Federal Water Tap, July 17: Legislation Seeks to Encourage Novel Groundwater Conservation Tool

The Rundown

  • Bipartisan Senate bill would promote groundwater conservation easements.
  • Federal appeals court pauses EPA cybersecurity rule for water agencies.
  • A national forest in Arizona approves repair of a water-supply pipeline that was damaged in floods last year after a wildfire.
  • The EPA assesses cancer risks from the industrial solvent 1,4-dioxane in drinking water.
  • CDC tallies waterborne disease cases.
  • The EPA’s internal watchdog will investigate the agency’s use of waivers to a federal law to promote American raw materials in infrastructure projects.
  • The EPA watchdog also finds some states failing to assist disadvantaged communities with water infrastructure loans.
  • A Supreme Court-appointed judge recommends the court accept a Rio Grande water-use agreement between Texas and New Mexico.

And lastly, House Democrats ask the EPA to document the impact to wetlands from the Supreme Court’s Sackett decision.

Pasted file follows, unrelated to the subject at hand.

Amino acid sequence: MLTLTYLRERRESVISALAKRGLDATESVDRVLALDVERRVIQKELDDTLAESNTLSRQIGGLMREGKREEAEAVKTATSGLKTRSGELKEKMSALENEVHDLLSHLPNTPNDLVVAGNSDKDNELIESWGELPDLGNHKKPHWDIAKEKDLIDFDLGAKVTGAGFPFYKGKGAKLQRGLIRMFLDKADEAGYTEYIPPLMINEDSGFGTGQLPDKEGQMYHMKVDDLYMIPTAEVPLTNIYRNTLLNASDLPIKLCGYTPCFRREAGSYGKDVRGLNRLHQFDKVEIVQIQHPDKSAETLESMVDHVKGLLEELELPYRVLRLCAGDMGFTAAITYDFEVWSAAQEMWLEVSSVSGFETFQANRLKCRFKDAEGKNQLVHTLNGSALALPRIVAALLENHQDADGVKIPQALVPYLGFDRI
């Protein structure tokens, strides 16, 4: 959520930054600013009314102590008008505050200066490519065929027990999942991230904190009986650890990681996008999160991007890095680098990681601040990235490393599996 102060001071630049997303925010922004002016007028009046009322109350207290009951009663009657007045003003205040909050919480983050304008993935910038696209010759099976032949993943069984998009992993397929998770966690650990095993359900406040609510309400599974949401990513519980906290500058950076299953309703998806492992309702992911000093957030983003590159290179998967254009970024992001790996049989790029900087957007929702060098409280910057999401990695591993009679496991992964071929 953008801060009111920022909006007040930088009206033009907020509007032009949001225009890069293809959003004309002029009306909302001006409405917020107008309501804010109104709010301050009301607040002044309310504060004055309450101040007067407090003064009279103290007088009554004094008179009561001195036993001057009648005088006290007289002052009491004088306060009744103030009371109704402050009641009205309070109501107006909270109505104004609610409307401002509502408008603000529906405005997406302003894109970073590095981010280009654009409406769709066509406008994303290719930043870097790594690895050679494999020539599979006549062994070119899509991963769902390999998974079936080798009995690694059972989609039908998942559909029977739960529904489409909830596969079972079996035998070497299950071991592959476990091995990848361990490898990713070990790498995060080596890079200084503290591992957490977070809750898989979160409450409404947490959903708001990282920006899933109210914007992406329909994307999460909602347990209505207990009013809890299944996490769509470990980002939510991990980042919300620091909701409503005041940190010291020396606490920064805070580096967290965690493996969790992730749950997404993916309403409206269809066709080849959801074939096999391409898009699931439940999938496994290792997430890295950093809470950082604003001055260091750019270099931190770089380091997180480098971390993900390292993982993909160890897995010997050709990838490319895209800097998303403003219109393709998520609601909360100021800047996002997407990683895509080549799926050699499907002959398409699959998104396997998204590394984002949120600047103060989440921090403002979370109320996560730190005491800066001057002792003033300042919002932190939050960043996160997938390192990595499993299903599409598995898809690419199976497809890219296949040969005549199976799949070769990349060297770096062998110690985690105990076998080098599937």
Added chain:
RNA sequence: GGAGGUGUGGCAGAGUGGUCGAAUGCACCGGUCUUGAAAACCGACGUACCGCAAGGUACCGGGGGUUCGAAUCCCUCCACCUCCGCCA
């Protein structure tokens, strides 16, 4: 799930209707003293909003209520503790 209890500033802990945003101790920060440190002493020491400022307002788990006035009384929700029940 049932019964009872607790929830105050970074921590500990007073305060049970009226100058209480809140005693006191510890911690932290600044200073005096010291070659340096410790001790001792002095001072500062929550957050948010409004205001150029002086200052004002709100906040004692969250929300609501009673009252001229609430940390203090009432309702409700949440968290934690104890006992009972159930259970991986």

“Considering the potential overwhelming adverse impacts of this decision to our nation, its citizens, and our environment, it is incumbent on EPA and the Corps to systematically document the individual and cumulative impacts of the Sackett decision on national efforts to protect water quality, as well as the myriad of public, private, human health and environmental benefits that are associated with clean water.” — Letter from Democrats on the House Transportation and Infrastructure Committee to Michael Regan, the EPA administrator, and Michael Connor, the head of the Army Corps of Engineers. The letter asks the agencies to calculate the “number, location, acreage, and potential loss of ecological and hydrologic function” of wetlands in the country due to the Sackett decision.

By the Numbers

7.15 Million: Cases of infectious waterborne disease in the United States in 2014, according to new CDC research. People can be exposed to pathogens from playing, drinking, inhaling, or skin contact with contaminated water. The highest number of hospitalizations were linked to drinking water.

In context: As Legionnaires’ Disease Cases Surge, Lawsuits Pile Up

News Briefs

Groundwater Conservation for Agriculture
Senators representing states that are depleting their aquifers introduced bipartisan legislation intended to promote the use of a novel groundwater conservation tool.